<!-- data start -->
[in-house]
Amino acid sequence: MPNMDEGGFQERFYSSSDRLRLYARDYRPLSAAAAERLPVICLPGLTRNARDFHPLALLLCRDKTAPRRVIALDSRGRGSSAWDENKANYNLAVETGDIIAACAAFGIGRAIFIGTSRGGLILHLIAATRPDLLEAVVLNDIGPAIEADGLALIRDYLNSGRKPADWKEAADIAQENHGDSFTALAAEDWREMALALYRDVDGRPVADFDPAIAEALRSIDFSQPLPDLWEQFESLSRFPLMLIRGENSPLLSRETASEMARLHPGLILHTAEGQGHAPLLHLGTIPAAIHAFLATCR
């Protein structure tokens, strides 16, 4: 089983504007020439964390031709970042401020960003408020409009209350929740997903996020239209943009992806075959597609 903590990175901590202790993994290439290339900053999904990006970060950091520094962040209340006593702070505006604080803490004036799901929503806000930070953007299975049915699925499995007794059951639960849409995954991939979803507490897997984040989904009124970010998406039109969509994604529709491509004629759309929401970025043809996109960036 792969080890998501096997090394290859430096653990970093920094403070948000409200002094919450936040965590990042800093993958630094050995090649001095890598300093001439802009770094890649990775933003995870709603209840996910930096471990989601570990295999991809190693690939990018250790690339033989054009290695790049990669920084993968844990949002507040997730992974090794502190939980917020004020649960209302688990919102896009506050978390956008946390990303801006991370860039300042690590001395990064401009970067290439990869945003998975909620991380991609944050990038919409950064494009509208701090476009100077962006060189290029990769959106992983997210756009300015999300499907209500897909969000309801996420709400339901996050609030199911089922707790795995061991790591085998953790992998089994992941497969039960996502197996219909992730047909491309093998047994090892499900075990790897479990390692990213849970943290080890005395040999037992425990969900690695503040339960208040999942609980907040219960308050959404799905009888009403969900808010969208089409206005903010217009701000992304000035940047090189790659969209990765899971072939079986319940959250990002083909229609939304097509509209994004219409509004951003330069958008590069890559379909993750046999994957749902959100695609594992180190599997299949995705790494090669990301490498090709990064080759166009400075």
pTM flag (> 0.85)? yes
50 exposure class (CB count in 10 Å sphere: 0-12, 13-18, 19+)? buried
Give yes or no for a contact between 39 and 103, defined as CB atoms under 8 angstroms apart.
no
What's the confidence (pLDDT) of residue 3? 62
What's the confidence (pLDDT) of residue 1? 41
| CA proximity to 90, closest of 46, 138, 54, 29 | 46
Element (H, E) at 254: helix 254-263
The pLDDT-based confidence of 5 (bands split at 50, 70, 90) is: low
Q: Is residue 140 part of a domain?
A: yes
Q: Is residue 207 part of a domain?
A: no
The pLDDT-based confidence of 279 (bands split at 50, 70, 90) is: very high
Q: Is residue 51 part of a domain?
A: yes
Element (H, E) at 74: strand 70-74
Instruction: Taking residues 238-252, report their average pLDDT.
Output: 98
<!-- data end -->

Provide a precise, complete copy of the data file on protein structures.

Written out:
[in-house]
Amino acid sequence: MPNMDEGGFQERFYSSSDRLRLYARDYRPLSAAAAERLPVICLPGLTRNARDFHPLALLLCRDKTAPRRVIALDSRGRGSSAWDENKANYNLAVETGDIIAACAAFGIGRAIFIGTSRGGLILHLIAATRPDLLEAVVLNDIGPAIEADGLALIRDYLNSGRKPADWKEAADIAQENHGDSFTALAAEDWREMALALYRDVDGRPVADFDPAIAEALRSIDFSQPLPDLWEQFESLSRFPLMLIRGENSPLLSRETASEMARLHPGLILHTAEGQGHAPLLHLGTIPAAIHAFLATCR
């Protein structure tokens, strides 16, 4: 089983504007020439964390031709970042401020960003408020409009209350929740997903996020239209943009992806075959597609 903590990175901590202790993994290439290339900053999904990006970060950091520094962040209340006593702070505006604080803490004036799901929503806000930070953007299975049915699925499995007794059951639960849409995954991939979803507490897997984040989904009124970010998406039109969509994604529709491509004629759309929401970025043809996109960036 792969080890998501096997090394290859430096653990970093920094403070948000409200002094919450936040965590990042800093993958630094050995090649001095890598300093001439802009770094890649990775933003995870709603209840996910930096471990989601570990295999991809190693690939990018250790690339033989054009290695790049990669920084993968844990949002507040997730992974090794502190939980917020004020649960209302688990919102896009506050978390956008946390990303801006991370860039300042690590001395990064401009970067290439990869945003998975909620991380991609944050990038919409950064494009509208701090476009100077962006060189290029990769959106992983997210756009300015999300499907209500897909969000309801996420709400339901996050609030199911089922707790795995061991790591085998953790992998089994992941497969039960996502197996219909992730047909491309093998047994090892499900075990790897479990390692990213849970943290080890005395040999037992425990969900690695503040339960208040999942609980907040219960308050959404799905009888009403969900808010969208089409206005903010217009701000992304000035940047090189790659969209990765899971072939079986319940959250990002083909229609939304097509509209994004219409509004951003330069958008590069890559379909993750046999994957749902959100695609594992180190599997299949995705790494090669990301490498090709990064080759166009400075």
pTM flag (> 0.85)? yes
50 exposure class (CB count in 10 Å sphere: 0-12, 13-18, 19+)? buried
Give yes or no for a contact between 39 and 103, defined as CB atoms under 8 angstroms apart.
no
What's the confidence (pLDDT) of residue 3? 62
What's the confidence (pLDDT) of residue 1? 41
| CA proximity to 90, closest of 46, 138, 54, 29 | 46
Element (H, E) at 254: helix 254-263
The pLDDT-based confidence of 5 (bands split at 50, 70, 90) is: low
Q: Is residue 140 part of a domain?
A: yes
Q: Is residue 207 part of a domain?
A: no
The pLDDT-based confidence of 279 (bands split at 50, 70, 90) is: very high
Q: Is residue 51 part of a domain?
A: yes
Element (H, E) at 74: strand 70-74
Instruction: Taking residues 238-252, report their average pLDDT.
Output: 98